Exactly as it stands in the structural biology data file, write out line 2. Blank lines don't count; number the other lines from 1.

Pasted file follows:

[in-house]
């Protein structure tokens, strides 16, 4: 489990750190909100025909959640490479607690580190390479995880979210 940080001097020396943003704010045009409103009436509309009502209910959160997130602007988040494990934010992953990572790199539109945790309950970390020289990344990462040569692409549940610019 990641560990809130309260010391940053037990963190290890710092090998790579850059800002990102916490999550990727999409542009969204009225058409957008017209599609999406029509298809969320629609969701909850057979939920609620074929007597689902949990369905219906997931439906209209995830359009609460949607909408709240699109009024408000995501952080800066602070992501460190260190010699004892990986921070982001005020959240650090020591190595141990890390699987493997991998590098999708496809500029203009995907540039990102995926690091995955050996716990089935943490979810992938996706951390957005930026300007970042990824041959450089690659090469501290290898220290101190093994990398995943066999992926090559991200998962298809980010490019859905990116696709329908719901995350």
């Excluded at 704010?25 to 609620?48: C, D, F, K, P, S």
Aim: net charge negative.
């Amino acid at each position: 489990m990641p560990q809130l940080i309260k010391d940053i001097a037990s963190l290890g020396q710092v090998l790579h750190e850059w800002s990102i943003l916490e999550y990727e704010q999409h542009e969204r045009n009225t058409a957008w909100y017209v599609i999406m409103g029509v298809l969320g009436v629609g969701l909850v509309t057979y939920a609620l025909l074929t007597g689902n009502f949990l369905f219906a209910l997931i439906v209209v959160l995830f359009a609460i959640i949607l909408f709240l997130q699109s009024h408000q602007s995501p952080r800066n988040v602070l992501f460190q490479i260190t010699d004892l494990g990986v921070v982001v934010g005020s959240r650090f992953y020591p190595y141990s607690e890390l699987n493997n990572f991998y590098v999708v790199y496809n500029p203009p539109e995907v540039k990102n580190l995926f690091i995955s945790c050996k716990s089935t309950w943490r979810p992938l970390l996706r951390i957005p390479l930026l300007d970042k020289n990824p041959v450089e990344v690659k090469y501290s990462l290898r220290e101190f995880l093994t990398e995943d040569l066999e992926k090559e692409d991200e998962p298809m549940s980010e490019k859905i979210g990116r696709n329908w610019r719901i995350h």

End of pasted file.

């Protein structure tokens, strides 16, 4: 489990750190909100025909959640490479607690580190390479995880979210 940080001097020396943003704010045009409103009436509309009502209910959160997130602007988040494990934010992953990572790199539109945790309950970390020289990344990462040569692409549940610019 990641560990809130309260010391940053037990963190290890710092090998790579850059800002990102916490999550990727999409542009969204009225058409957008017209599609999406029509298809969320629609969701909850057979939920609620074929007597689902949990369905219906997931439906209209995830359009609460949607909408709240699109009024408000995501952080800066602070992501460190260190010699004892990986921070982001005020959240650090020591190595141990890390699987493997991998590098999708496809500029203009995907540039990102995926690091995955050996716990089935943490979810992938996706951390957005930026300007970042990824041959450089690659090469501290290898220290101190093994990398995943066999992926090559991200998962298809980010490019859905990116696709329908719901995350």